The three most common investing mistakes relate to the price you pay, the management team you essentially join when you invest in a company, and your failure to understand the future economics of the business you’re considering investing in. The questions in this book can help you minimize these mistakes by helping you gain a deeper understanding of how a business operates:
Chapter 1 outlines a search strategy that will improve your odds of finding investment ideas that are worth researching further.
Chapter 2 helps you understand the basics of a business: What it does, how it earns money, how it evolved over time, and in what geographic locations it earns its money.
Chapter 3 demonstrates the importance of understanding the business from the customer’s perspective rather than your own. These insights will help you learn how important a business is to the customers it serves.
Chapter 4 helps you evaluate the strengths and weaknesses of a business. These are the questions that will help you evaluate whether or not a business has a sustainable competitive advantage, the competitive landscape, and the industry it operates in.
Chapter 5 helps you understand the operational and financial health of a business. You’ll look at key risks facing the business, how inflation affects it, and whether its balance sheet is weak or strong.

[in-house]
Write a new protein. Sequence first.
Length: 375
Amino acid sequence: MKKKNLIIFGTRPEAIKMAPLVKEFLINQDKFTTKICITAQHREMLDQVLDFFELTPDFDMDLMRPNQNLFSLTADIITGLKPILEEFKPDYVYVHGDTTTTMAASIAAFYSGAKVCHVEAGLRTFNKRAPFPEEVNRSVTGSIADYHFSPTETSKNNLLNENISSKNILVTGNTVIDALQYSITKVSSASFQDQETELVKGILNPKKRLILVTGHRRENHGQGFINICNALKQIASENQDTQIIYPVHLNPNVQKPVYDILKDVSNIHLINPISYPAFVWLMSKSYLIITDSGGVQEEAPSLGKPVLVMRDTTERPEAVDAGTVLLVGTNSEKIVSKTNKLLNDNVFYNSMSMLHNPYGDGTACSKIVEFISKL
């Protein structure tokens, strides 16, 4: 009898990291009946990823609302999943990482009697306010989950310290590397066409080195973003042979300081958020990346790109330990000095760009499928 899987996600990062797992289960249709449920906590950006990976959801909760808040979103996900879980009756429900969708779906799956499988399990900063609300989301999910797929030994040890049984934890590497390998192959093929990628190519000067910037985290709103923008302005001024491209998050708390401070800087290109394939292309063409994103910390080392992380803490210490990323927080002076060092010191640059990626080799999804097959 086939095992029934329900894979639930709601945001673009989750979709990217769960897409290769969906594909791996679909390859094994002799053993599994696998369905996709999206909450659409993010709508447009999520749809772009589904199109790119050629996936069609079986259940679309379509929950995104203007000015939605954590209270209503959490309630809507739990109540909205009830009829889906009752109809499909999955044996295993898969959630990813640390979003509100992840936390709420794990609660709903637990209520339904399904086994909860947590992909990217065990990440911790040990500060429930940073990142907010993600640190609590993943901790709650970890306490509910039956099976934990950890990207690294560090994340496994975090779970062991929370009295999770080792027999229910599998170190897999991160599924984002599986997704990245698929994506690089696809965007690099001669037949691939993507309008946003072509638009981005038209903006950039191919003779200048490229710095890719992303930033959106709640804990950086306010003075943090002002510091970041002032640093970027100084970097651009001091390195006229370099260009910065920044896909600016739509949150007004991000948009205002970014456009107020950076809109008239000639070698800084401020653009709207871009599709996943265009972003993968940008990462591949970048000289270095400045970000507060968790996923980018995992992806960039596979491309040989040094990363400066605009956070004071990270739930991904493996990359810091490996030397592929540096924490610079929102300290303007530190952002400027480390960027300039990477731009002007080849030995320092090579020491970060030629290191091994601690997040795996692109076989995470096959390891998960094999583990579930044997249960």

Chapter 6 looks at the distribution of earnings (cash flow) of a business. You’ll learn how to assess whether the company’s accounting practices are conservative or liberal (so you can avoid a company like, for example, the now- defunct Enron), the type of revenue it generates, whether the company makes money consistently or in cycles, and whether or not it’s resistant to recessions.
Chapter 7 is the first of three chapters that show you how to understand the quality of the management team. You’ll look at what type of manager they are, how they rose to lead the business, how they are compensated, and other background information.
Chapter 8 helps you gain insight into the competence of a company’s senior management. You’ll look at how they handle daily operations as well as long- term strategy, how they treat employees, and how they think about costs.
Chapter 9 helps you assess the management of a company by looking at their positive—and negative—traits: How they think, whether they’re self- promoting, and other critical factors. Remember, when you buy stock in a company, you’re essentially going into business with the managers who run that company, so you want to know as much about them as you can!
Chapter 10 demonstrates how you can evaluate the future growth opportunities of a business. You’ll look at whether it’s growing organically or by merging with or acquiring other companies, whether historical growth has been profitable, and how quickly it’s growing and whether management is growing in a disciplined way.
Finally, Chapter 11 looks specifically at mergers and acquisitions, to determine whether those completed in the past have been successful and how management makes the decision to merge with or acquire another company.